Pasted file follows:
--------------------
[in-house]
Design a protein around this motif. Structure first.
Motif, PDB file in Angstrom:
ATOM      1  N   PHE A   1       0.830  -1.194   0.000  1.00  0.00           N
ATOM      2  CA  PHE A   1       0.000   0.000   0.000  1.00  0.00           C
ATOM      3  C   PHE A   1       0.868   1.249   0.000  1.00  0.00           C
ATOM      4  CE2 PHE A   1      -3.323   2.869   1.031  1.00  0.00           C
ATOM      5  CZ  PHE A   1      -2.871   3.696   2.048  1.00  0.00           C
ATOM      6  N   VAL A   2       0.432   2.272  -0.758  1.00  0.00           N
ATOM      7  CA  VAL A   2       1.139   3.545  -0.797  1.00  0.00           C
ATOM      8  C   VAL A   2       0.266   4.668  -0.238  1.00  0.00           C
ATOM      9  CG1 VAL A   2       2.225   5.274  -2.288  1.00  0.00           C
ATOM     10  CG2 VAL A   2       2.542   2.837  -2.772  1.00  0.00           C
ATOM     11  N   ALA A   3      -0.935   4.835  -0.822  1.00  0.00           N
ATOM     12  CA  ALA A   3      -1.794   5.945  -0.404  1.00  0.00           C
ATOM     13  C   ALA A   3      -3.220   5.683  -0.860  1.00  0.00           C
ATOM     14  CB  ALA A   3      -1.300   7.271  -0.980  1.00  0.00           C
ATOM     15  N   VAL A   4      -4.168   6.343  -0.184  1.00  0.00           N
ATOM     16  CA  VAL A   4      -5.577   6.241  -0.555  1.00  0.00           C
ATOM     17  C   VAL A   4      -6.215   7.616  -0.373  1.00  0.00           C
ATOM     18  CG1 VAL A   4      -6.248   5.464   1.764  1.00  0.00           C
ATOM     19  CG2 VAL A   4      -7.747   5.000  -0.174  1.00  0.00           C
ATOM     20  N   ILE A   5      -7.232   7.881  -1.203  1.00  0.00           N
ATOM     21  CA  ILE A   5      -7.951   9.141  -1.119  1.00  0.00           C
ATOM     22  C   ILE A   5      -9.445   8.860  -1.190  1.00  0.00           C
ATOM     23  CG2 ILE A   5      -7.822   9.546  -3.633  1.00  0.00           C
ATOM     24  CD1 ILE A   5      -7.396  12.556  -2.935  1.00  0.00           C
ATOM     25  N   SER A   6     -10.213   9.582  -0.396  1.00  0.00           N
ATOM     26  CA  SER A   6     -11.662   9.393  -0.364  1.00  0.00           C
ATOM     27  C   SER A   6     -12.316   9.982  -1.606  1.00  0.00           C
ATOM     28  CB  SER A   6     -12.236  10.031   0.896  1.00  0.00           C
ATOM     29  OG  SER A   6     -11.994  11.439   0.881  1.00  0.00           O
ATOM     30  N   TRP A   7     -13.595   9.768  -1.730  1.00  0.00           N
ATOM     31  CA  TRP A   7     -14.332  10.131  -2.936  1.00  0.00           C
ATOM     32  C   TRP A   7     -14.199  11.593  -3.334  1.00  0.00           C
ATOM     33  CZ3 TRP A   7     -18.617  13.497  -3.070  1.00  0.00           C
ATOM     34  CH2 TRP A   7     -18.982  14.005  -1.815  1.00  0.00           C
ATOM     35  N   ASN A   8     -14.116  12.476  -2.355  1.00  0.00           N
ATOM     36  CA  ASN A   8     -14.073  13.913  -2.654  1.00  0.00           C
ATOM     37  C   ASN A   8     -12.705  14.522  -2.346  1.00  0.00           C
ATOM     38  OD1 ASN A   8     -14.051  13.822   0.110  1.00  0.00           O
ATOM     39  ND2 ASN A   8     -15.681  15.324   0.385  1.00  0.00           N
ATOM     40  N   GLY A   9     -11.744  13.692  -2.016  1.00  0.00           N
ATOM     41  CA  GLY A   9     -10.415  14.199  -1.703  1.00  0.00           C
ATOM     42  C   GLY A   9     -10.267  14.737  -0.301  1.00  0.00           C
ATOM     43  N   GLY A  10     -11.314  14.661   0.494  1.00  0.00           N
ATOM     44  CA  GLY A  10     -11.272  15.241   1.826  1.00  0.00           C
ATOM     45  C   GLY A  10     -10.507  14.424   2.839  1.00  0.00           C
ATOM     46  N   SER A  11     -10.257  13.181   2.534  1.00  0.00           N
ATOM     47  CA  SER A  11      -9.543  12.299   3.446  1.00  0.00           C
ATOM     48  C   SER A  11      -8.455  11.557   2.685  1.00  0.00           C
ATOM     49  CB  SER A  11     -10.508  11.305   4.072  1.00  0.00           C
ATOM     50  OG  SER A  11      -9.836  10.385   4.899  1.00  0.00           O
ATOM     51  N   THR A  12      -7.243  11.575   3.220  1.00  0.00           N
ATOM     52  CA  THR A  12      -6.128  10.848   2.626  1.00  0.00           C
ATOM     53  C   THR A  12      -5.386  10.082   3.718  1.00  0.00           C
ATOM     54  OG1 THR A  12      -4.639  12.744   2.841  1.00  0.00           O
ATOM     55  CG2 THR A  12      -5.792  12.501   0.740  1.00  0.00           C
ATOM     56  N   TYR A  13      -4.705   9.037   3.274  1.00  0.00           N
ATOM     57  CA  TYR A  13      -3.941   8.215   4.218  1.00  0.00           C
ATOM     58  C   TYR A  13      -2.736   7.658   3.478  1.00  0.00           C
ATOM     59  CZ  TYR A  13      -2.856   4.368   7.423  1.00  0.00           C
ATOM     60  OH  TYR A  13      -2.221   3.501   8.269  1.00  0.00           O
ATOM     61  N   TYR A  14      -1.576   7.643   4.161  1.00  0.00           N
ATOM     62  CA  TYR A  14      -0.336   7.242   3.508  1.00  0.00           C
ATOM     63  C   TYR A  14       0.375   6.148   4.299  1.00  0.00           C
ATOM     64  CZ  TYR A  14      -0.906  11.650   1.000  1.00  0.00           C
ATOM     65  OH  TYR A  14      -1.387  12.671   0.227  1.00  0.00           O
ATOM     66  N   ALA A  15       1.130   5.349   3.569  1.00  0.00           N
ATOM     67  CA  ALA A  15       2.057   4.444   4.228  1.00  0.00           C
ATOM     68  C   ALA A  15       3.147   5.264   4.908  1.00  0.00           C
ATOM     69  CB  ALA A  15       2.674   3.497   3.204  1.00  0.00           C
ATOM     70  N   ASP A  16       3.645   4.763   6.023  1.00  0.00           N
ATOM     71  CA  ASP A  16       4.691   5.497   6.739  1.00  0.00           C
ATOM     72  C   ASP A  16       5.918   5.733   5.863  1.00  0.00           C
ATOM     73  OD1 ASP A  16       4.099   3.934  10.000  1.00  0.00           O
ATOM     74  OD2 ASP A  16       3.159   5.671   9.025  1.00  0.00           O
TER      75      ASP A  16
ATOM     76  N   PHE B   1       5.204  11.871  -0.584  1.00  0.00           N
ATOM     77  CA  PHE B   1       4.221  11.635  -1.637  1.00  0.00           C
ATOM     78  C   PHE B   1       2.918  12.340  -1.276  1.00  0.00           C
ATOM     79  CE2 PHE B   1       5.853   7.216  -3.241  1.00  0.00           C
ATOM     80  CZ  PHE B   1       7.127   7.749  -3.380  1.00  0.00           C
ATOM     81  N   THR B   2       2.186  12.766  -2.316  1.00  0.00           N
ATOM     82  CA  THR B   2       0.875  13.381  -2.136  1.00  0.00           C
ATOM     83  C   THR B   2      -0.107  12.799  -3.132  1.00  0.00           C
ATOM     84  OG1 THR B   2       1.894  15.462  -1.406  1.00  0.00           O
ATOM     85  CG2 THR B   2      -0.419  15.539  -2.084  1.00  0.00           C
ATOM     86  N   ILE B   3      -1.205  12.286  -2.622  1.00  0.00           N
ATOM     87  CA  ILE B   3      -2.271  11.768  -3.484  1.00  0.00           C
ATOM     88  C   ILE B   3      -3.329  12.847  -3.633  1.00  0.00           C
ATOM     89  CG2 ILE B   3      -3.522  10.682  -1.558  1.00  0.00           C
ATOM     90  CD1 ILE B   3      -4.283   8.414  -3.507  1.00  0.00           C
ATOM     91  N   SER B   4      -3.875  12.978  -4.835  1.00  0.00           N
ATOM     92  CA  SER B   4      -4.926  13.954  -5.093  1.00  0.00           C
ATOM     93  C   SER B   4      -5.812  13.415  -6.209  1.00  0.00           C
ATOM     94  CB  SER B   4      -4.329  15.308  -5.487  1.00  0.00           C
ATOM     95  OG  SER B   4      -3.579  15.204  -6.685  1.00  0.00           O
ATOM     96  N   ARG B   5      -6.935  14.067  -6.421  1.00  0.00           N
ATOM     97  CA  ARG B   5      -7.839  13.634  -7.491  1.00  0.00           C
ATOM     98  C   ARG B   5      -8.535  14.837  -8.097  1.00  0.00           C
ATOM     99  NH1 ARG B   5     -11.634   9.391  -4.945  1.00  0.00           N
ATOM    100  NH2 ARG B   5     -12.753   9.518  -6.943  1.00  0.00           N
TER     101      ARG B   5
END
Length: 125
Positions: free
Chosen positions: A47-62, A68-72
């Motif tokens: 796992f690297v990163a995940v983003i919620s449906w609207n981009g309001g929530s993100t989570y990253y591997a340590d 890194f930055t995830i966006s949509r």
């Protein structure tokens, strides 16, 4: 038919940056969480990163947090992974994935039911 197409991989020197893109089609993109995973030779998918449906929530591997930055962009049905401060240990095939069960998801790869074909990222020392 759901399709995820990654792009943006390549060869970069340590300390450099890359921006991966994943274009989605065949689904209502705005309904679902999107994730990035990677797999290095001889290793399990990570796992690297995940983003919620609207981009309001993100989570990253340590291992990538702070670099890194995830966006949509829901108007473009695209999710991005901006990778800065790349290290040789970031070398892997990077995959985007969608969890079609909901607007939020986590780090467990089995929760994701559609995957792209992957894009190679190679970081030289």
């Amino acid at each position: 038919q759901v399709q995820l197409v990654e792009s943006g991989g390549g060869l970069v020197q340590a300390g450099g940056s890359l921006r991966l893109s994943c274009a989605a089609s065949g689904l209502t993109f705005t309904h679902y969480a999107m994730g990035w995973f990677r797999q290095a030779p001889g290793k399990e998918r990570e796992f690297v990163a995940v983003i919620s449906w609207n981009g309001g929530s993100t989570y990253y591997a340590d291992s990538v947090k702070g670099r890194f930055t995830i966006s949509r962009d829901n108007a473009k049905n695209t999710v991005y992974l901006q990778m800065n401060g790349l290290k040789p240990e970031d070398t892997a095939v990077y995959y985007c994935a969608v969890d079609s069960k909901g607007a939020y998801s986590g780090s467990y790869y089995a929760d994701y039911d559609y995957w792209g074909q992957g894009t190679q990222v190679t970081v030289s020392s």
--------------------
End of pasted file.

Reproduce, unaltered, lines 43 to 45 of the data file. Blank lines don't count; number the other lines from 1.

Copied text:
ATOM     40  N   GLY A   9     -11.744  13.692  -2.016  1.00  0.00           N
ATOM     41  CA  GLY A   9     -10.415  14.199  -1.703  1.00  0.00           C
ATOM     42  C   GLY A   9     -10.267  14.737  -0.301  1.00  0.00           C